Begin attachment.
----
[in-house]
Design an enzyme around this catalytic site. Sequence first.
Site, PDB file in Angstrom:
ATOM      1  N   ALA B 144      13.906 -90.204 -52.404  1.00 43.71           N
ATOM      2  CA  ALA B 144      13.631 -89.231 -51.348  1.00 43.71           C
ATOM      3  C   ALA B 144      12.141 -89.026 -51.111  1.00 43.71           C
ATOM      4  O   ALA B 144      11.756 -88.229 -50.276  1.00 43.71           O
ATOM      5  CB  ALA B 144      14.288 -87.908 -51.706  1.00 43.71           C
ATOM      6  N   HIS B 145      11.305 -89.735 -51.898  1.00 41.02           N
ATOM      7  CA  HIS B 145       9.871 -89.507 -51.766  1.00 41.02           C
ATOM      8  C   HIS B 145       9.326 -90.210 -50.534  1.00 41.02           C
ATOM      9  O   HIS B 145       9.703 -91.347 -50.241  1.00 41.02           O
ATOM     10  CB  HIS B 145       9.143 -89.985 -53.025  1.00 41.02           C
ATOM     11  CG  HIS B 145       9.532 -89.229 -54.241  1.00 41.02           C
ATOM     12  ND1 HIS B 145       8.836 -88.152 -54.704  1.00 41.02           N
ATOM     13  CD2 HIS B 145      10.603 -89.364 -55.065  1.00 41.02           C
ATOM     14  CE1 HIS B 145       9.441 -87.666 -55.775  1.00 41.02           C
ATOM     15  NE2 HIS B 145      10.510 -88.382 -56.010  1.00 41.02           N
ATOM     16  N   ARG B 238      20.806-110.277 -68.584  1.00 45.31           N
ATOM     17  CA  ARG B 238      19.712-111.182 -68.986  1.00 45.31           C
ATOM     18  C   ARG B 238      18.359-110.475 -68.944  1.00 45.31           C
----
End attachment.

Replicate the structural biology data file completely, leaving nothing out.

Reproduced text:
[in-house]
Design an enzyme around this catalytic site. Sequence first.
Site, PDB file in Angstrom:
ATOM      1  N   ALA B 144      13.906 -90.204 -52.404  1.00 43.71           N
ATOM      2  CA  ALA B 144      13.631 -89.231 -51.348  1.00 43.71           C
ATOM      3  C   ALA B 144      12.141 -89.026 -51.111  1.00 43.71           C
ATOM      4  O   ALA B 144      11.756 -88.229 -50.276  1.00 43.71           O
ATOM      5  CB  ALA B 144      14.288 -87.908 -51.706  1.00 43.71           C
ATOM      6  N   HIS B 145      11.305 -89.735 -51.898  1.00 41.02           N
ATOM      7  CA  HIS B 145       9.871 -89.507 -51.766  1.00 41.02           C
ATOM      8  C   HIS B 145       9.326 -90.210 -50.534  1.00 41.02           C
ATOM      9  O   HIS B 145       9.703 -91.347 -50.241  1.00 41.02           O
ATOM     10  CB  HIS B 145       9.143 -89.985 -53.025  1.00 41.02           C
ATOM     11  CG  HIS B 145       9.532 -89.229 -54.241  1.00 41.02           C
ATOM     12  ND1 HIS B 145       8.836 -88.152 -54.704  1.00 41.02           N
ATOM     13  CD2 HIS B 145      10.603 -89.364 -55.065  1.00 41.02           C
ATOM     14  CE1 HIS B 145       9.441 -87.666 -55.775  1.00 41.02           C
ATOM     15  NE2 HIS B 145      10.510 -88.382 -56.010  1.00 41.02           N
ATOM     16  N   ARG B 238      20.806-110.277 -68.584  1.00 45.31           N
ATOM     17  CA  ARG B 238      19.712-111.182 -68.986  1.00 45.31           C
ATOM     18  C   ARG B 238      18.359-110.475 -68.944  1.00 45.31           C